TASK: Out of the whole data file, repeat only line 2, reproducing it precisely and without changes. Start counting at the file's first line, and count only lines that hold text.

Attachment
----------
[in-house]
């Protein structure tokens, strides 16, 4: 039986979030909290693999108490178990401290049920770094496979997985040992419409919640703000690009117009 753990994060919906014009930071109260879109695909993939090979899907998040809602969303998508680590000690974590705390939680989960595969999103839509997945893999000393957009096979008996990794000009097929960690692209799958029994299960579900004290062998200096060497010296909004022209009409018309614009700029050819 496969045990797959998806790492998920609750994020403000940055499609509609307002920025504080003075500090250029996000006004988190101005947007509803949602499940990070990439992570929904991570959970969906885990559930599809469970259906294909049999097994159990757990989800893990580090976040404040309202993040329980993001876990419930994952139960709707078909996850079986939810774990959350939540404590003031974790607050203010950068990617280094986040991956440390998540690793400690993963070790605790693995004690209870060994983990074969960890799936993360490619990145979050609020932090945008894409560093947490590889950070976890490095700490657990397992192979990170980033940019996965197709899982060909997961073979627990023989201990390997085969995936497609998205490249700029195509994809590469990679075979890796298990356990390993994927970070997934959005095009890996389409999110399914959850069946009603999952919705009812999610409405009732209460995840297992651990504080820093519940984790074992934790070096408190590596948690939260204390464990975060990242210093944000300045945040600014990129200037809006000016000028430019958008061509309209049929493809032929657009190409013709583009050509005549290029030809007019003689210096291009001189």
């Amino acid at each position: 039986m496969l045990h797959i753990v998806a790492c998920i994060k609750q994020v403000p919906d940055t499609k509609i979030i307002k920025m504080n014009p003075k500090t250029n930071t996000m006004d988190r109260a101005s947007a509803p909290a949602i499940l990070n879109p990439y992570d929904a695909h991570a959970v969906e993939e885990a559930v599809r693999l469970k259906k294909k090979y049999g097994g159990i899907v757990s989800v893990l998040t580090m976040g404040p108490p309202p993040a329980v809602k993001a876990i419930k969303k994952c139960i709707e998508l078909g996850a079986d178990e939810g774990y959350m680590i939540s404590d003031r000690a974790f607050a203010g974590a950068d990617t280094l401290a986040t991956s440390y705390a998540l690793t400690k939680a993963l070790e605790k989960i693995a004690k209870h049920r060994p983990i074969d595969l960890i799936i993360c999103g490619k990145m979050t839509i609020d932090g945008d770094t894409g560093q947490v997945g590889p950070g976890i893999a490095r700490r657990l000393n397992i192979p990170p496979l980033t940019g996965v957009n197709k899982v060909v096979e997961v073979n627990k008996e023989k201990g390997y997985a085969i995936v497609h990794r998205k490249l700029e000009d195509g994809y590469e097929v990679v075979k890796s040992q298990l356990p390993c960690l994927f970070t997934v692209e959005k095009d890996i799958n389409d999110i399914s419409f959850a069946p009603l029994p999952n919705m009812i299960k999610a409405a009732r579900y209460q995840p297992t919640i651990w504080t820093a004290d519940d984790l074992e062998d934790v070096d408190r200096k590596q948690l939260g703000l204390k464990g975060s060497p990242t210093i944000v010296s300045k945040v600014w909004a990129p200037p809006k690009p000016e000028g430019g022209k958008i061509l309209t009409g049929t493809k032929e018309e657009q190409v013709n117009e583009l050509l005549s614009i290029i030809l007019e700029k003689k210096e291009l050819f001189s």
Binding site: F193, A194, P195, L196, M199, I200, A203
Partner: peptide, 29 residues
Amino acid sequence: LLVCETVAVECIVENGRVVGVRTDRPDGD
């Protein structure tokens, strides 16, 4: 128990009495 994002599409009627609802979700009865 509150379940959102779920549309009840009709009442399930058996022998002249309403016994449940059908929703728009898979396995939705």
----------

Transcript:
């Protein structure tokens, strides 16, 4: 039986979030909290693999108490178990401290049920770094496979997985040992419409919640703000690009117009 753990994060919906014009930071109260879109695909993939090979899907998040809602969303998508680590000690974590705390939680989960595969999103839509997945893999000393957009096979008996990794000009097929960690692209799958029994299960579900004290062998200096060497010296909004022209009409018309614009700029050819 496969045990797959998806790492998920609750994020403000940055499609509609307002920025504080003075500090250029996000006004988190101005947007509803949602499940990070990439992570929904991570959970969906885990559930599809469970259906294909049999097994159990757990989800893990580090976040404040309202993040329980993001876990419930994952139960709707078909996850079986939810774990959350939540404590003031974790607050203010950068990617280094986040991956440390998540690793400690993963070790605790693995004690209870060994983990074969960890799936993360490619990145979050609020932090945008894409560093947490590889950070976890490095700490657990397992192979990170980033940019996965197709899982060909997961073979627990023989201990390997085969995936497609998205490249700029195509994809590469990679075979890796298990356990390993994927970070997934959005095009890996389409999110399914959850069946009603999952919705009812999610409405009732209460995840297992651990504080820093519940984790074992934790070096408190590596948690939260204390464990975060990242210093944000300045945040600014990129200037809006000016000028430019958008061509309209049929493809032929657009190409013709583009050509005549290029030809007019003689210096291009001189």